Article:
Can the written world still change the world? Perhaps not in a global sense. But I believe its power to change can still be profound in the vital, intimate worlds of peoples’ lives. Maybe that sounds self-serving, but when I hear someone who says they’ve found such happiness, and joy, and satisfaction, as a result of reading a book, there is nothing, and I do mean nothing, better than that.

Writing can be a lonely, frustrating pursuit, but it’s days like that when it seems like the best job in the world 😉

9_11 Cover_Take the HeatThe ultimate bad boys, criminals capture our attention and awaken our darkest desires. Celebrate the illicit in this romantic suspense anthology, where handcuffs are used for more than play. These stories are shocking, sexy, and thought-provoking.

In New York Times Bestselling Author Skye Warren’s Magnolia Hotel, meet the heroine who pays her brother’s debt to a loan shark—who happens to be her childhood crush. Find out if the jury made the right decision in Acquitted by award-winning author Giselle Renarde. Explore a dark and sensual psychology with New York Times Bestselling Author Pam Godwin in Unlawful Seduction.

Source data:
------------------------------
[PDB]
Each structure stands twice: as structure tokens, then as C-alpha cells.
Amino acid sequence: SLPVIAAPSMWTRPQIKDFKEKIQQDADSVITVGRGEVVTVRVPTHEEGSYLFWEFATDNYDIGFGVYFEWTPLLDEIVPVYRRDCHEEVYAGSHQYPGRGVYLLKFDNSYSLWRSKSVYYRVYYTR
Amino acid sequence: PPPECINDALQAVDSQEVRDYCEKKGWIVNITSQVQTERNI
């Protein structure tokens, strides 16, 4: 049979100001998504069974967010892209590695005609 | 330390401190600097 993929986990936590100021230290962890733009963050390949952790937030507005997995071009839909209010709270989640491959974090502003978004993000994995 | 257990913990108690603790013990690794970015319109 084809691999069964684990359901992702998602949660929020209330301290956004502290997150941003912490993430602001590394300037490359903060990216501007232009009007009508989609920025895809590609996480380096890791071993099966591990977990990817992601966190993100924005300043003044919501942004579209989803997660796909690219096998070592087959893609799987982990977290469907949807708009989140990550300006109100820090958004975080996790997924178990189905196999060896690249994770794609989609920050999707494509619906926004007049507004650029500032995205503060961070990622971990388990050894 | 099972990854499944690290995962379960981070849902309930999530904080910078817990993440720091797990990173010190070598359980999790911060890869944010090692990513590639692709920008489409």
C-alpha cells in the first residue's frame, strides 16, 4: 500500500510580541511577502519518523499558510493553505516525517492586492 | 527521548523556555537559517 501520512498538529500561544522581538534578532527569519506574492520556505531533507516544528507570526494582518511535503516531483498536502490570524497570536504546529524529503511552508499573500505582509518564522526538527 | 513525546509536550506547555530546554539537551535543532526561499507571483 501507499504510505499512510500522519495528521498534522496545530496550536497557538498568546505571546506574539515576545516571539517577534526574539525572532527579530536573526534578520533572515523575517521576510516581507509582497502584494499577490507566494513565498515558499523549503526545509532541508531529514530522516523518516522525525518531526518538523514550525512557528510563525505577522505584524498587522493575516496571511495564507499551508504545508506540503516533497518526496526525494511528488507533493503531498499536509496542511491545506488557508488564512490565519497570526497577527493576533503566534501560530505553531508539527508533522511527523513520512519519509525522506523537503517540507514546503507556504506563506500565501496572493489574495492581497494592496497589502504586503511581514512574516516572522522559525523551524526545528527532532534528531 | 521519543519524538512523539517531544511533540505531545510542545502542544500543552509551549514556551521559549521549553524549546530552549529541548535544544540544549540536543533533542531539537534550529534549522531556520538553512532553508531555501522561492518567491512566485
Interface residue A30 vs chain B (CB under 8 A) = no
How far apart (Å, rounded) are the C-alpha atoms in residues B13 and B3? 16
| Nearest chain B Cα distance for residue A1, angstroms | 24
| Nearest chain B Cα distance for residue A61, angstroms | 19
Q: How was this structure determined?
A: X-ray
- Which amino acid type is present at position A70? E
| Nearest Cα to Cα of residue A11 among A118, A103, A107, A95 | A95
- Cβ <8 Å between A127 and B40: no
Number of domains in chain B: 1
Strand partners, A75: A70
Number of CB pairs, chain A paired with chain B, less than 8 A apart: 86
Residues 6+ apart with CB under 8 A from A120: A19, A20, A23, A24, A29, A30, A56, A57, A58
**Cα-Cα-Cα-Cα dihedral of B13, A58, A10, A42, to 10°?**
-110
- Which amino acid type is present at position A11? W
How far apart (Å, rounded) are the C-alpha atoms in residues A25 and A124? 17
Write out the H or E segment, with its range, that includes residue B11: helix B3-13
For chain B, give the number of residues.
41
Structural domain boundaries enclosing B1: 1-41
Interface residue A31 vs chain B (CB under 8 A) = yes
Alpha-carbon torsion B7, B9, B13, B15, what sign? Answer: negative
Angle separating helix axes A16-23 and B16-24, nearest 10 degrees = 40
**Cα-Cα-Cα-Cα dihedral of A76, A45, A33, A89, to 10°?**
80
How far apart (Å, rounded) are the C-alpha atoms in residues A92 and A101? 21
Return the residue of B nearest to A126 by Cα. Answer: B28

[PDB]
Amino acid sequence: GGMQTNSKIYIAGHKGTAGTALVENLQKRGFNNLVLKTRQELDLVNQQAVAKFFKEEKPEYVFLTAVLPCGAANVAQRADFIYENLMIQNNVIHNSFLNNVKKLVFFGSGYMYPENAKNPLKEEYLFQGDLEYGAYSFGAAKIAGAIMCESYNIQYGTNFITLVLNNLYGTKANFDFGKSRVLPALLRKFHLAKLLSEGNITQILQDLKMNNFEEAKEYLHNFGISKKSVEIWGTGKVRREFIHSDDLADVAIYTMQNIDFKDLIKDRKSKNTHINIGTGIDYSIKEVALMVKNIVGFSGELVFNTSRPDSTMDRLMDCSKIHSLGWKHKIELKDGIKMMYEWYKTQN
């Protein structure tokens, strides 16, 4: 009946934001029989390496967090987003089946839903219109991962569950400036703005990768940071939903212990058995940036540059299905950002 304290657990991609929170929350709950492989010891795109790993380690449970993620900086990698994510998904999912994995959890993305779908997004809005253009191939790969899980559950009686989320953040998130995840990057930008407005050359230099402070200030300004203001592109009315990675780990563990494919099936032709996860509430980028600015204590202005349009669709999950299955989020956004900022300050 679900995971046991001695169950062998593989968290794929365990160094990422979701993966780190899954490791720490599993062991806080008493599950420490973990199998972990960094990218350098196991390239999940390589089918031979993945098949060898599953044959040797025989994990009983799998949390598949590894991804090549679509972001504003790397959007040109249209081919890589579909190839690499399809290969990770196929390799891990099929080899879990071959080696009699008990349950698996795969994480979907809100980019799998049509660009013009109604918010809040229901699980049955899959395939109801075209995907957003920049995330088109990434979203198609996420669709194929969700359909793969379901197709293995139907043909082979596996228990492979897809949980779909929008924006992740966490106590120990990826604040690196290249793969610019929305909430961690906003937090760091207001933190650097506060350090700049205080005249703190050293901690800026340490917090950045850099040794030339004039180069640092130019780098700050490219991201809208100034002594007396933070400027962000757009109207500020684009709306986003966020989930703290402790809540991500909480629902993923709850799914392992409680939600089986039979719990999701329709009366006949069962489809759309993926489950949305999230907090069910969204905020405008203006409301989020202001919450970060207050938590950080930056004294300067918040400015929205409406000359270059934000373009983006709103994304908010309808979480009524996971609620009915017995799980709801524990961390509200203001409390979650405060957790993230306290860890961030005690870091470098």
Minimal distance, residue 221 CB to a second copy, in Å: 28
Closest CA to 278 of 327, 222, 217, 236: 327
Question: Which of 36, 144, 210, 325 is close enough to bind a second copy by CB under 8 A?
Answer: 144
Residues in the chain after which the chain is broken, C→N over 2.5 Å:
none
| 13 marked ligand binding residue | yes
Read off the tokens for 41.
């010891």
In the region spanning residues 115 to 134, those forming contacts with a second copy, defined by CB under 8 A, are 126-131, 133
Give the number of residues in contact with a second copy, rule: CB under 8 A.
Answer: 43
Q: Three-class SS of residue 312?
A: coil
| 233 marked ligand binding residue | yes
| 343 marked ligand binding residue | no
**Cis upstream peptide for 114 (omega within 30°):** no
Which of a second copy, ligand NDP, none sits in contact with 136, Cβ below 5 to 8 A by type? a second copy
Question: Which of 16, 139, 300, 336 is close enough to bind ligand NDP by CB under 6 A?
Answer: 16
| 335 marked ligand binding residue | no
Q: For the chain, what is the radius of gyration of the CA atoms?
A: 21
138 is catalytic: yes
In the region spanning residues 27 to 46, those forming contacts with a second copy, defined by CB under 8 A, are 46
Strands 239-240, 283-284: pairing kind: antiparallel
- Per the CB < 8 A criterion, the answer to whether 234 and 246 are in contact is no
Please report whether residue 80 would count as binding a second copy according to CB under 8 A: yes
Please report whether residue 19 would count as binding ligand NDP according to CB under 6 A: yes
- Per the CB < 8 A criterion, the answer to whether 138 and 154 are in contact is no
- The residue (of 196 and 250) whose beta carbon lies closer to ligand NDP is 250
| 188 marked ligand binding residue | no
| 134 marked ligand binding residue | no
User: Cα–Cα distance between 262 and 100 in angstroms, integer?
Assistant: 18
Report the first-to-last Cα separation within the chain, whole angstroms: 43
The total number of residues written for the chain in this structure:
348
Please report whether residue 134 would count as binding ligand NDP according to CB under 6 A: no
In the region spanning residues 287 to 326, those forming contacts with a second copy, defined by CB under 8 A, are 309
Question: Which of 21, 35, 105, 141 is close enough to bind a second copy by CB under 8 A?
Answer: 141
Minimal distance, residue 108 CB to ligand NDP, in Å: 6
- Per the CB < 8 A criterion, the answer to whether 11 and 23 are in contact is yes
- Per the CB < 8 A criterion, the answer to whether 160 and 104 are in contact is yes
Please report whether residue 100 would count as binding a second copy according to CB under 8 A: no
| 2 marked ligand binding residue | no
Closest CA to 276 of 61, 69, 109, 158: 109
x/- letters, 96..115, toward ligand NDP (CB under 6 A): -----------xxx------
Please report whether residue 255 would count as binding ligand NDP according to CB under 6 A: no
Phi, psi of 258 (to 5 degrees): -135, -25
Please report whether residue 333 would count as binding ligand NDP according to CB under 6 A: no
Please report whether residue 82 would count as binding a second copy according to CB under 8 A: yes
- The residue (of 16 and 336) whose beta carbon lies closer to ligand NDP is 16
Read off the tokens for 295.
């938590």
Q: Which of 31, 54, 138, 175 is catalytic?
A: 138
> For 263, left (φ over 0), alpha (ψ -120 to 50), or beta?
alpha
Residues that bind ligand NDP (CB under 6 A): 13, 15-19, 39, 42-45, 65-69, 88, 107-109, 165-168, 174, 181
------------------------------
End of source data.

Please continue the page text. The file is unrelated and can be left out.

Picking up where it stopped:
Ride the edge of desire and see if you can TAKE THE HEAT…

Skye Warren – Magnolia Hotel
Cynthia Richards – Captivated
Pam Godwin – Unlawful Seduction
Sheri Savill – Slipknot
Shoshanna Evers – This Might Hurt A Bit
Candy Quinn – The Bombshell
Tamsin Flowers – Playing with Fire
Elizabeth Coldwell – Disposing of Donnie
Audrey Lusk – Surprise Witness
Trent Evans – Last Day
Giselle Renarde – Acquitted

 
 
 
 
 

a Rafflecopter giveaway

Comments

  1. Thanks for hosting!

  2. I enjoyed reading the interview, thank you.

  3. Great interview. Congratulations to the author. Thanks for the giveaway.

  4. Interesting question and answer

  5. Nice interview, thanks!

  6. Mary Preston says:

    The cover is very interesting.

  7. Enjoyed reading this interview! Thank you!